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About Light-Emitting Diodes (LEDs)


Light-emitting diodes (LEDs) succeed the incandescent bulbs and fluorescent lamps of previous centuries as the world’s light-source of choice.


GS III: Science and Technology

Dimensions of the Article:

  1. About Light-Emitting Diodes (LEDs)
  2. Advantages of LED
  3. Applications of LEDs

About Light-Emitting Diodes (LEDs):

Diode Basics:

  • An electronic component with two terminals: anode and cathode.
  • Primary function is to allow current flow in one direction.

LED (Light-Emitting Diode):

  • A semiconductor device emitting light with electric current.
  • Produces primary colors: red, green, and blue; combining LEDs creates various colors.

Advantages of LED:

Energy Efficiency:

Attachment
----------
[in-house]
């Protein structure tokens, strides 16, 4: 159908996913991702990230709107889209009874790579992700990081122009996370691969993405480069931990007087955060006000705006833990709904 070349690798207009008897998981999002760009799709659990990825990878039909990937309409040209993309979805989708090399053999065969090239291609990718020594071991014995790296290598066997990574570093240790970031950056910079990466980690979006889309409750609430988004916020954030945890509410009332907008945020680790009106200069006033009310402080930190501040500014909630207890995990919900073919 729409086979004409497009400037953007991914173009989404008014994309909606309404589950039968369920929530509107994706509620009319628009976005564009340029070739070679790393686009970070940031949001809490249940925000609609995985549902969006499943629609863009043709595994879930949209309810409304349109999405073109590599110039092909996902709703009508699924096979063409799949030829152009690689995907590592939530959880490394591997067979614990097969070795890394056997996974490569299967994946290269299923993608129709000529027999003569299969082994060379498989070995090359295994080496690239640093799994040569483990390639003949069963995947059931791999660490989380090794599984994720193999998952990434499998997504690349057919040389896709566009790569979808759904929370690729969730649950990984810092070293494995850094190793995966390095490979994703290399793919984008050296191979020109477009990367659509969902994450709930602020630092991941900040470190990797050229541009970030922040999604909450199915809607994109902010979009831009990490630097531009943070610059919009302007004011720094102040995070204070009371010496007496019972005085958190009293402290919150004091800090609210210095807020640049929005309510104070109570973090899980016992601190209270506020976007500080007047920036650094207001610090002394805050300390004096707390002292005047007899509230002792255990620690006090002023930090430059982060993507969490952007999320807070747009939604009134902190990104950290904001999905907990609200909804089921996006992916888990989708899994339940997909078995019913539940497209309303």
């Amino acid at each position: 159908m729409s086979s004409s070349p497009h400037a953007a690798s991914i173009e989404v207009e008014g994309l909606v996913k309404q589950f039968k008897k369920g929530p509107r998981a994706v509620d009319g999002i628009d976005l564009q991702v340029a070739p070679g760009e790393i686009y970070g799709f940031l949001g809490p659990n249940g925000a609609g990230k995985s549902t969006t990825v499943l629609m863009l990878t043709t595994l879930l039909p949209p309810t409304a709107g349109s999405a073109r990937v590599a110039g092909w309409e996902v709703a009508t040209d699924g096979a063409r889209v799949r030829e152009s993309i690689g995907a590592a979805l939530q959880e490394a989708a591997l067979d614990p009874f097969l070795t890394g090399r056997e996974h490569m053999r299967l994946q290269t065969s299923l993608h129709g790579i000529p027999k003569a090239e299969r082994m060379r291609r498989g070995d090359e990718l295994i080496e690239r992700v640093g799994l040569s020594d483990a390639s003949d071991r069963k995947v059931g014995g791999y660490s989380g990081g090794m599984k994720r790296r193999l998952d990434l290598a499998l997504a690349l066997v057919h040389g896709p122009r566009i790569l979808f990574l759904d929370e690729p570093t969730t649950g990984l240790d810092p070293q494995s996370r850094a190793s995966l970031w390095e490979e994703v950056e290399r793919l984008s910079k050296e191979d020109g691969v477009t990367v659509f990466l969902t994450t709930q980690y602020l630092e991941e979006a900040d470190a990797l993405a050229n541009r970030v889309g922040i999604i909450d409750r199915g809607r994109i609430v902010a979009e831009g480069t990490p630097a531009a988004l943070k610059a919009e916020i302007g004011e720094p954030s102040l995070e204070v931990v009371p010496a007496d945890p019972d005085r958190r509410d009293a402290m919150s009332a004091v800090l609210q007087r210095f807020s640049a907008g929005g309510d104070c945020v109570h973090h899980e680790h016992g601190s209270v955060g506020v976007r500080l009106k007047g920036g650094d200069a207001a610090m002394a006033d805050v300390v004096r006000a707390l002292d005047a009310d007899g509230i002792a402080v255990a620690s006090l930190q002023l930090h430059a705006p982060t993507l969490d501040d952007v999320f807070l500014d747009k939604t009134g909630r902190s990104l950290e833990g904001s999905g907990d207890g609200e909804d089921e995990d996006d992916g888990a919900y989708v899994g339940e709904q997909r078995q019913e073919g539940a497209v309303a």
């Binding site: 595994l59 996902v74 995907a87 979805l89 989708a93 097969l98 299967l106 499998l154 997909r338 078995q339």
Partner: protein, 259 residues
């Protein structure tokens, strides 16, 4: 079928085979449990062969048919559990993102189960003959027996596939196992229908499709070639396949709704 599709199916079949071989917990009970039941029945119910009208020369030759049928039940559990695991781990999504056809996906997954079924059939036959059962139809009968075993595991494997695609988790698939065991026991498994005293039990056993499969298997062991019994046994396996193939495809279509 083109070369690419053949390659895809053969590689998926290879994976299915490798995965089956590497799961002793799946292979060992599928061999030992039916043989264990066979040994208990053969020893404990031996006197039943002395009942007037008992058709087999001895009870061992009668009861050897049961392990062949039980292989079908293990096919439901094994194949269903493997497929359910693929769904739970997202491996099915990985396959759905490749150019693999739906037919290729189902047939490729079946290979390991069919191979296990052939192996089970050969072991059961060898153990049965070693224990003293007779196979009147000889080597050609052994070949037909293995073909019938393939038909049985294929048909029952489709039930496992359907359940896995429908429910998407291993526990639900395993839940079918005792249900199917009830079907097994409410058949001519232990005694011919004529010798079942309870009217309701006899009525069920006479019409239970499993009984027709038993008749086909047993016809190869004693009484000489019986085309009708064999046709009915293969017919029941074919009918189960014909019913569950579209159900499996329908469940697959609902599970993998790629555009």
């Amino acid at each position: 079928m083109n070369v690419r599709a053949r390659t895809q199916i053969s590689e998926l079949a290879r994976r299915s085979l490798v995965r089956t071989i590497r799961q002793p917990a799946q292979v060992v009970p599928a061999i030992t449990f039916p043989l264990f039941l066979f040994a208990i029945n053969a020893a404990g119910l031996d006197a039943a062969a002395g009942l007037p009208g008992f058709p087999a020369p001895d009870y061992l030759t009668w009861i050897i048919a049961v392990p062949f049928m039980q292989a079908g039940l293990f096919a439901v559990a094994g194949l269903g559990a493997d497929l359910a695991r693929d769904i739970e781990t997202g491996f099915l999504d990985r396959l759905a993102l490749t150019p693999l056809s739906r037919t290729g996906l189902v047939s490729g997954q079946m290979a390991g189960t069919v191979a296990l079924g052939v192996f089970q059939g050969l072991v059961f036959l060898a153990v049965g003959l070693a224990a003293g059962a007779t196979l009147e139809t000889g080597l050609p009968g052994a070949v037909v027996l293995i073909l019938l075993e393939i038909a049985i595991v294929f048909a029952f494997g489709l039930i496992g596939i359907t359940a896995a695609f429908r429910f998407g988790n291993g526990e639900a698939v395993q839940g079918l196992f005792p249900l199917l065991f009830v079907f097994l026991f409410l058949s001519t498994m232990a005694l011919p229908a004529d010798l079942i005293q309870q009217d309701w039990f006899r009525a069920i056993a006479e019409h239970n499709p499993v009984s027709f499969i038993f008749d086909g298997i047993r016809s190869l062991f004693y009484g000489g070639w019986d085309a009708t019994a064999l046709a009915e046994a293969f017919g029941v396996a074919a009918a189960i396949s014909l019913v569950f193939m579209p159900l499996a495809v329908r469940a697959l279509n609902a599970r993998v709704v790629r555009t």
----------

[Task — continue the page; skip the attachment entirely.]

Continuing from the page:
• Uses 75-80% less energy than incandescent bulbs.
  • Requires far less electricity to produce equivalent light.


  • Highly durable and resistant to shocks, vibrations, and temperature fluctuations.

Instant Illumination:

  • Provides immediate illumination without warm-up time, unlike incandescent bulbs.

Low Heat Generation:

  • Generates minimal heat, enhancing safety and energy efficiency.

Environmental Impact:

  • Lower environmental impact compared to incandescent bulbs.
  • Energy efficiency and longer lifespan contribute to reduced greenhouse gas emissions and waste.

Applications of LEDs:

  • Smartphones and TVs: Used in smartphone displays and TV screens.
  • Household Lighting: Widely used for energy-efficient household lighting.
  • Signboards: Illuminates signboards for enhanced visibility.
  • Greenhouses: Feeds plants with light, supporting growth.
  • Barcode Scanners: Essential in barcode scanning technology.
  • Air Quality Monitoring: Utilized in devices for monitoring air quality.

-Source: The Hindu

February 2024